Tuesday, October 12, 2010

Week 6: Typhoon

Typhoon: A Reliable Data Dissemination Protocol for Wireless Sensor Networks

Chieh-Jan Mike Liang, Razvan Musaloiu-E., and Andreas Terzis

We review Typhoon, a protocol developed at Johns Hopkins for disseminating large objects quickly and reliably. Typhoon reduces contention and promotes spatial re-use by combining spatially-tuned timers, prompt retransmissions and frequency diversity. The cornerstone of the Typhoon protocol is its use of snooping and channel switching to minimize transmissions/retransmissions and reduce collisions/contention, respectively. Channel switching was especially effective in order to avoid traffic generated on the default channel by hand-shaking and by Trickle- the protocol implemented on top of Typhoon to disseminate meta-data. Typhoon is ACK based, utilizing the stop-and-wait ARQ protocol, which is effectively a sliding window protocol with a window size of one. Typhoon is compared against Deluge, a NACK based protocol. Deluge is the de-facto standard for disseminating large objects in TinyOS. Through testing, Typhoon proved to be more efficient than Deluge by reducing dissemination time and energy consumption by up to three times.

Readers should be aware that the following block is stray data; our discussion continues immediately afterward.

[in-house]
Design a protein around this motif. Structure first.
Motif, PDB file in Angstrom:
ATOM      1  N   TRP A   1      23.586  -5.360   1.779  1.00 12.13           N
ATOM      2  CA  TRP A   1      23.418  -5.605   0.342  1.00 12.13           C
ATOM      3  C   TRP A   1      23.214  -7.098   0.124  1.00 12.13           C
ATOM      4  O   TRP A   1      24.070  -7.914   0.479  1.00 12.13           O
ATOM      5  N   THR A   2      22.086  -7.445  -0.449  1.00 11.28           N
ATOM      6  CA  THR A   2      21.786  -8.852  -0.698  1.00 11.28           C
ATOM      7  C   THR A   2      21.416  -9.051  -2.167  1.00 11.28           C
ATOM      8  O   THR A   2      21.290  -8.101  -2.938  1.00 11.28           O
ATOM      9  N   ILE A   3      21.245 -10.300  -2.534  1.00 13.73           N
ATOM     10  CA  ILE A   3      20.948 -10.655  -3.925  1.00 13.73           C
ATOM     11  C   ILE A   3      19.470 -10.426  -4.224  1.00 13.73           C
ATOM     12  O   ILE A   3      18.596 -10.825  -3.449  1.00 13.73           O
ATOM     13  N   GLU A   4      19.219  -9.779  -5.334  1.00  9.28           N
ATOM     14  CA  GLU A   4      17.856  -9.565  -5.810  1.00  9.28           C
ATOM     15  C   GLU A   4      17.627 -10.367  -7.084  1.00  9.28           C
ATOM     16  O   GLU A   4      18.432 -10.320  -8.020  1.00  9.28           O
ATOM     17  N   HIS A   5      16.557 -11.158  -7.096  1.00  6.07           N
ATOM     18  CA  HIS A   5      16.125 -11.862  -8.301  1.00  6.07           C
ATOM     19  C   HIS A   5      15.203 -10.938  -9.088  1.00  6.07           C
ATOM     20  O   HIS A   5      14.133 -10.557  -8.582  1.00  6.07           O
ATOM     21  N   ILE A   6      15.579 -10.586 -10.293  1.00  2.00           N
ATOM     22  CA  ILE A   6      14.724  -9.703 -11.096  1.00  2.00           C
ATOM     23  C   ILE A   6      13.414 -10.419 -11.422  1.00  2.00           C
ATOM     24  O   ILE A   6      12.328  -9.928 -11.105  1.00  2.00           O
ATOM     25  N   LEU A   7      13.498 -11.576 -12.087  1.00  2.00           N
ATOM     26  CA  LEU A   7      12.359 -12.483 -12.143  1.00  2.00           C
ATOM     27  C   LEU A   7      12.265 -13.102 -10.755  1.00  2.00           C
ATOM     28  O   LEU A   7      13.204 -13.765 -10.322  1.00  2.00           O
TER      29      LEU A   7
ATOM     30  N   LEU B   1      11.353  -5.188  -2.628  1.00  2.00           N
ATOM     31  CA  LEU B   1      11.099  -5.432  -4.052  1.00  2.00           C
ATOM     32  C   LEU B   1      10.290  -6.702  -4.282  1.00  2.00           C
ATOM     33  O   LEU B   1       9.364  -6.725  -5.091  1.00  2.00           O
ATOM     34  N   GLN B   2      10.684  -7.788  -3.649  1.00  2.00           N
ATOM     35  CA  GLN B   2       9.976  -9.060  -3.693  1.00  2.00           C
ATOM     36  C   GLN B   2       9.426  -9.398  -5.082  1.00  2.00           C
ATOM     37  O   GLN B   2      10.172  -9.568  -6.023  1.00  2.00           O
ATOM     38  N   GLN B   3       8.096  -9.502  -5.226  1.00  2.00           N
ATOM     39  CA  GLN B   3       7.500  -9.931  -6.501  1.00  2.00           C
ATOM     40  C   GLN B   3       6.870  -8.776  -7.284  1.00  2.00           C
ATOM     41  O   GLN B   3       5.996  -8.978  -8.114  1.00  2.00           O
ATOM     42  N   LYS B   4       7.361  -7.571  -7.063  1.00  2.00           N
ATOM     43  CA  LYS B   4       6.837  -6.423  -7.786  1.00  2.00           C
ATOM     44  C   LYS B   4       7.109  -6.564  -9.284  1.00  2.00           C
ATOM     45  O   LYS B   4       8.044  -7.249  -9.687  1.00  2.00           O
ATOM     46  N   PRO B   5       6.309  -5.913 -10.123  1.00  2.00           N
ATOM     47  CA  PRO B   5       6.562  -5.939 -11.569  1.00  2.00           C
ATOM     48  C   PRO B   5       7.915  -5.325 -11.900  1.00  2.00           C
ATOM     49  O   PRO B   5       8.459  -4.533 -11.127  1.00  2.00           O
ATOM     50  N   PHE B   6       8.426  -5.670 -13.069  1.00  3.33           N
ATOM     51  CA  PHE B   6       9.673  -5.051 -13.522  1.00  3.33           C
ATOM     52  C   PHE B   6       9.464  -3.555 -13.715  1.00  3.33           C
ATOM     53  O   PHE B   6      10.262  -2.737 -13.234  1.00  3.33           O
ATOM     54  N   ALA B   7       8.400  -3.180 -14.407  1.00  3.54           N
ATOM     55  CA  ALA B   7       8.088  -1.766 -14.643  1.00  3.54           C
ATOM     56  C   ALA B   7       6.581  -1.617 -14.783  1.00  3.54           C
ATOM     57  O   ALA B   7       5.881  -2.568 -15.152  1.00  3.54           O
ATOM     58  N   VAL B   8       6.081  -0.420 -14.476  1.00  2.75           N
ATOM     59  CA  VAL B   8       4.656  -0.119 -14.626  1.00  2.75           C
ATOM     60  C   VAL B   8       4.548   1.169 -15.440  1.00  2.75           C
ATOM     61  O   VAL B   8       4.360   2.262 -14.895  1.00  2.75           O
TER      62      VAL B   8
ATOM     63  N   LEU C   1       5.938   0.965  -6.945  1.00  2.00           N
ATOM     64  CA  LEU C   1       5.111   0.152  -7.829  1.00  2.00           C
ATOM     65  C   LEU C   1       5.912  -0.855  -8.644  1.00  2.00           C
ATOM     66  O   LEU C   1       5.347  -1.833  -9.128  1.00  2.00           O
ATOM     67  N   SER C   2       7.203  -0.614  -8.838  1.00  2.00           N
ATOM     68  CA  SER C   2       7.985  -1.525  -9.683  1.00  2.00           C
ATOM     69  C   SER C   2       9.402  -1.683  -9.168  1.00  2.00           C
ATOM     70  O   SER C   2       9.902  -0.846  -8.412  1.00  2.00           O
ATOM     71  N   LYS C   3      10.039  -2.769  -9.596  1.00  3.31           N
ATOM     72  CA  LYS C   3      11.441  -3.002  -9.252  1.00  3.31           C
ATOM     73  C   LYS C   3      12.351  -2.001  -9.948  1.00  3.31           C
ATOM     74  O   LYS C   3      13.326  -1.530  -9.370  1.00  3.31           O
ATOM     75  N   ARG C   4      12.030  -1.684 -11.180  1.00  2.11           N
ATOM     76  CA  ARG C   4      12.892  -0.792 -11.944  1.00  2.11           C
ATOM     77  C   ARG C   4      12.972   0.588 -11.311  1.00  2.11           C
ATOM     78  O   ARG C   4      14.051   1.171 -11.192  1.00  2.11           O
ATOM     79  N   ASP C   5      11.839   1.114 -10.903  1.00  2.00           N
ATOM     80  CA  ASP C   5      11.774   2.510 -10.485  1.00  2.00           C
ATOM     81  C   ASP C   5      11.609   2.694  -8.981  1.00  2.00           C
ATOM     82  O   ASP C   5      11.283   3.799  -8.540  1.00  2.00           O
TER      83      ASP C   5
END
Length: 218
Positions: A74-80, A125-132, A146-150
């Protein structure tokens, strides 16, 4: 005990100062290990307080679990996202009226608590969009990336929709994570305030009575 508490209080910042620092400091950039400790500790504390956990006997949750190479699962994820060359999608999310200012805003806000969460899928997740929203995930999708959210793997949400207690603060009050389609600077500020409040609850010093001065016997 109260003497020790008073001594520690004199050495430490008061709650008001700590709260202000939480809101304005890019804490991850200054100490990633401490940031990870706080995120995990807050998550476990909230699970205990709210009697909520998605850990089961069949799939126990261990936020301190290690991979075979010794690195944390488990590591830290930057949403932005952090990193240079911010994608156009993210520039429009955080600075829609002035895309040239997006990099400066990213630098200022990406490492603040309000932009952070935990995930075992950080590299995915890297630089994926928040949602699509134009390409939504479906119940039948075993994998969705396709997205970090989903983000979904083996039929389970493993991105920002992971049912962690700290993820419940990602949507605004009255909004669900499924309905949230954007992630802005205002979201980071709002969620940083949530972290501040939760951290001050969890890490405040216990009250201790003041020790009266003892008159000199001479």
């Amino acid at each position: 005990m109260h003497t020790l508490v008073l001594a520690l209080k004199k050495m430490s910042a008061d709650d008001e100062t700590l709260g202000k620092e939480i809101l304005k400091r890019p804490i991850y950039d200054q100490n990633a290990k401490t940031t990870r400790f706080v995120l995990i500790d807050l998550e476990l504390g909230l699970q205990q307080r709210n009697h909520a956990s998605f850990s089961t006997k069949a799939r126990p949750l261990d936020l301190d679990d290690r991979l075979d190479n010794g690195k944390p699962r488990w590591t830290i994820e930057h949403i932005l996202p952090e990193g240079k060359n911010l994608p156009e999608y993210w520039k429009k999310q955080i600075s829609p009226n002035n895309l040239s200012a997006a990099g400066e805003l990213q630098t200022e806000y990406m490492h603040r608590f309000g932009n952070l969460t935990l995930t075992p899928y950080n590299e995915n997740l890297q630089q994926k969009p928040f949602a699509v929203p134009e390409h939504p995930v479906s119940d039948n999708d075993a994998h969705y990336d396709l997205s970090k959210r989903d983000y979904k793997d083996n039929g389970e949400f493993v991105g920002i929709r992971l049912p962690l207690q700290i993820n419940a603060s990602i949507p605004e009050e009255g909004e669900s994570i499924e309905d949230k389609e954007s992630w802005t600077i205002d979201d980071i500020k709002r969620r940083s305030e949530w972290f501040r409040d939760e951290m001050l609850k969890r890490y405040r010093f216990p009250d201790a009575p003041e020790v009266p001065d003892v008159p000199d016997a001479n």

The general purpose of Typhoon is to disseminate large objects, for example source code updates which are usually between 50-100 KB in size. Typhoon handles these large objects by first breaking them into 1 KB pages. The pages are then split up into packets and sent over the wire. The stop-and-wait ARQ protocol means individual ACKs are sent for every packet. Because of this, the amount of time that goes by where a packet is lost without being retransmitted is small. Deluge uses a NACK based protocol, and it waits until the entire page is sent to NACK individual packets. When contrasted against Deluge, the class found that Typhoon benefits greatly from its quick ACKs as opposed to Deluge's slow NACKs. Typhoon also uses Trickle to disseminate meta-data on the default channel. Typhoon's only other transfers on the default channel are the node handshakes, after which nodes will go to a different random channel to begin transmitting data. This is the channel switching that the paper introduces. The class noted that some channels will have different properties such as link quality and contention than other channels, and so the channel randomness plays a critical role in the success of Typhoon. There is only one transmitter and one explicit receiver for each data transfer, although there may be other implicit receivers that snoop on the data transfer. They hear the PageOffer with the channel number and silently switch to that channel and collect the data that is sent. If any packets are lost, though, the entire page is discarded (since implicit receivers don't send ACKs). This is referred to as Typhoon's all-or-nothing snooping approach.